What if planning happened at a community level rather than an organization level?
What difference would that make?
How would that work?
What would happen if organizations engaged more people in the planning process?
If organizations were to engage more people in the process:
Who are the right people?
How do you find them?
Where do you find them?
How do you engage them in ways that are mutually meaningful?
Have we limited our ability to envision a better, brighter future by using the wrong starting point for our planning process?
Have the questions we’ve asked limited the options and answers we found?
Could we achieve a different outcome by asking different questions?
Is doing a SWOT really necessary? Does it contribute to or detract from effective planning?
What different tools could we use to be more effective in our planning process?
What can an organization do to make sure the resulting plan doesn’t just collect dust on the bookshelf?
What’s the real value a facilitator provides?
What’s my personal philosophy about strategic planning?
Fortunately, I’m not the only one rethinking and reframing strategic planning, there’s a cadre of consultants and thought leaders exploring better ways to approach strategy development. Over the next few posts we’ll unpack these and other questions as we rethink strategy development.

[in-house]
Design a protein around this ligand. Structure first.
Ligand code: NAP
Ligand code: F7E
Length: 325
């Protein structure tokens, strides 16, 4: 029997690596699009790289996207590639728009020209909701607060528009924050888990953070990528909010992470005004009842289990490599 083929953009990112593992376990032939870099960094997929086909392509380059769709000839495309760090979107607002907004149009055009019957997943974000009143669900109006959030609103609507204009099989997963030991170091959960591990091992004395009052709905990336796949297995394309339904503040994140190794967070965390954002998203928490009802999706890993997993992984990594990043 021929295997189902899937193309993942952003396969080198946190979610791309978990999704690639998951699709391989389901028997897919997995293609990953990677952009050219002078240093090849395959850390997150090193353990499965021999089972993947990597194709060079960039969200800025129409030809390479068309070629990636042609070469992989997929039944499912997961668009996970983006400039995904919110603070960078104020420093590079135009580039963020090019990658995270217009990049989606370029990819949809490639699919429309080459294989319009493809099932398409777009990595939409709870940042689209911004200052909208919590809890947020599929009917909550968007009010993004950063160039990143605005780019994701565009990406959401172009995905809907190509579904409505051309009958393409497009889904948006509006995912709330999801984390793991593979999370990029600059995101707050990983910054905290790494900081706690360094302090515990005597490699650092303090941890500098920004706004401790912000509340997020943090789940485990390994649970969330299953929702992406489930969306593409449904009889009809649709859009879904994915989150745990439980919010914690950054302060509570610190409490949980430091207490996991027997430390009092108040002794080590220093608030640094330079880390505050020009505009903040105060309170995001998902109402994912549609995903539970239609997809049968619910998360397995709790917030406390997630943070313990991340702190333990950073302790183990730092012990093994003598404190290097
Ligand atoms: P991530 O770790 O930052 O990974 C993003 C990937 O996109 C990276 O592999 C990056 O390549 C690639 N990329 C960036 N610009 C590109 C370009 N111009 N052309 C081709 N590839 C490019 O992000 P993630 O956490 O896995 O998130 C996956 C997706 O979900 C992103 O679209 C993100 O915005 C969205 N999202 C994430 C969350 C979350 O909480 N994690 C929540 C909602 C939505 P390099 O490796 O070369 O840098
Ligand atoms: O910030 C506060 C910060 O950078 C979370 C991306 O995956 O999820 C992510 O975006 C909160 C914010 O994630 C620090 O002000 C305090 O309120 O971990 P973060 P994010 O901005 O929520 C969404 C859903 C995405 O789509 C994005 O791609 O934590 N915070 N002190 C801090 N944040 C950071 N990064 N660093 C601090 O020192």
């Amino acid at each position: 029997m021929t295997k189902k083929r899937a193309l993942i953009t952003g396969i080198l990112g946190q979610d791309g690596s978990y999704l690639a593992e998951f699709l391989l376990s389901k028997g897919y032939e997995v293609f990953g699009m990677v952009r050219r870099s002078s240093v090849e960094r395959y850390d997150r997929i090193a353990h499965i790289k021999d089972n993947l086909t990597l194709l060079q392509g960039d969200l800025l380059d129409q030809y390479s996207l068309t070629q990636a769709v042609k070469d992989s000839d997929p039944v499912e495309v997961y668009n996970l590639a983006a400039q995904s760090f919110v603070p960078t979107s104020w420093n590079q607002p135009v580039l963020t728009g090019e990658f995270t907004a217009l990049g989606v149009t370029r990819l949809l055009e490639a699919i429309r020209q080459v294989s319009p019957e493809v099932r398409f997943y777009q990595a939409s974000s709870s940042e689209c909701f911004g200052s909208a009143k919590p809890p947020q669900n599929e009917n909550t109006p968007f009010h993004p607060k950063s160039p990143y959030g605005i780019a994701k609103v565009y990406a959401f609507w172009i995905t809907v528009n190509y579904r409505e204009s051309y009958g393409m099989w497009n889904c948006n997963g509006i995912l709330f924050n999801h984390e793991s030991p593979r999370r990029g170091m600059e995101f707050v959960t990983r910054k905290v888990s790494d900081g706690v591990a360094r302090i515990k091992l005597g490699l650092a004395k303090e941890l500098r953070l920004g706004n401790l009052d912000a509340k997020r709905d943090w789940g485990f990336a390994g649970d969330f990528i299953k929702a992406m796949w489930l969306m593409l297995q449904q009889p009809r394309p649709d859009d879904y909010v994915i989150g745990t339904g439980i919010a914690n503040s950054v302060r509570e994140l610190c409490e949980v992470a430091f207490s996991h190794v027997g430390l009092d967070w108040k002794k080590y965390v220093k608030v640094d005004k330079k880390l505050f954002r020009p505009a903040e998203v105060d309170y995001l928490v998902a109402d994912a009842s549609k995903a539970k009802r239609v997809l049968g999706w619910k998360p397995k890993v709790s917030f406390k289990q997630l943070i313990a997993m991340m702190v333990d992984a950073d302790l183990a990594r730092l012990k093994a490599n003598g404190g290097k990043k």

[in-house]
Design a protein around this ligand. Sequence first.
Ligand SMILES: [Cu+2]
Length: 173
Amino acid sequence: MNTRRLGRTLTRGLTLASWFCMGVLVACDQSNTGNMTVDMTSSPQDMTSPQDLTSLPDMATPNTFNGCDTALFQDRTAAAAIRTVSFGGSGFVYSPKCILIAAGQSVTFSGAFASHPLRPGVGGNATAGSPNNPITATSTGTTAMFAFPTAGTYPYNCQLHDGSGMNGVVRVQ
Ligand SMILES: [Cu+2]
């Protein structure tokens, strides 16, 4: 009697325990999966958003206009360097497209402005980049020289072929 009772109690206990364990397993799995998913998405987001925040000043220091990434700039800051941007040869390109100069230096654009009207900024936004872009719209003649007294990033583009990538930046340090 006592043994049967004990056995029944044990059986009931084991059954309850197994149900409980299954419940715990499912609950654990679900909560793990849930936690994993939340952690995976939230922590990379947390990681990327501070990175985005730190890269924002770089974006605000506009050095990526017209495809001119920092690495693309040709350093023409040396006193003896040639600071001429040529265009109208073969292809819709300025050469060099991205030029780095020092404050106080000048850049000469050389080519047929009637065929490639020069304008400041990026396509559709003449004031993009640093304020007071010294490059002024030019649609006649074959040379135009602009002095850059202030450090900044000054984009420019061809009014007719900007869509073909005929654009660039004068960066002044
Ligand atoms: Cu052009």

Let’s tackle one of the big questions right now: What if the ultimate outcome of a strategic planning project is not the plan, but the planning process itself?
That sentiment is perhaps best expressed in a remark by General Eisenhower during World War II. He observed, “In preparing for battle, I have always found that plans are useless, but planning is indispensable.”
Did he mean that plans had no value at all?
By no means!
However, he saw little value in plans that were static and inflexible. He understood that plans are built on a set of assumptions and rarely does reality play out according to those assumptions. As a student of war, he understood that “no plan survives contact with the enemy” (Hemut von Moltke the Elder).
If plans are useless, then why would he say, “planning is indispensable”? Because the very act of planning, in and of itself, holds great value. Assembling a team of the best and brightest minds you can, considering a multitude of factors, and exploring a variety of options better positions you to act and react to a changing environment and seize strategic opportunities.
Personally, I deliberately changed my vocabulary. If you ask me about strategic planning, I’ll respond by talking about strategy development.
Organizations need strategy. That strategy certainly influences planning, but it’s an ongoing process, not a one-time project. It’s akin to Harley-Davidson’s mantra, “it’s a journey, not a destination.” So also is strategy development a journey and not a document.
If you’re one of those that’s been disappointed or frustrated by past experiences with strategic planning I hope you’ll join us for this journey of rethinking strategy and finding new ways to bring fresh ideas, strategic thinking, and action to your work.
Please share your experiences or ask your questions; let’s travel this journey together.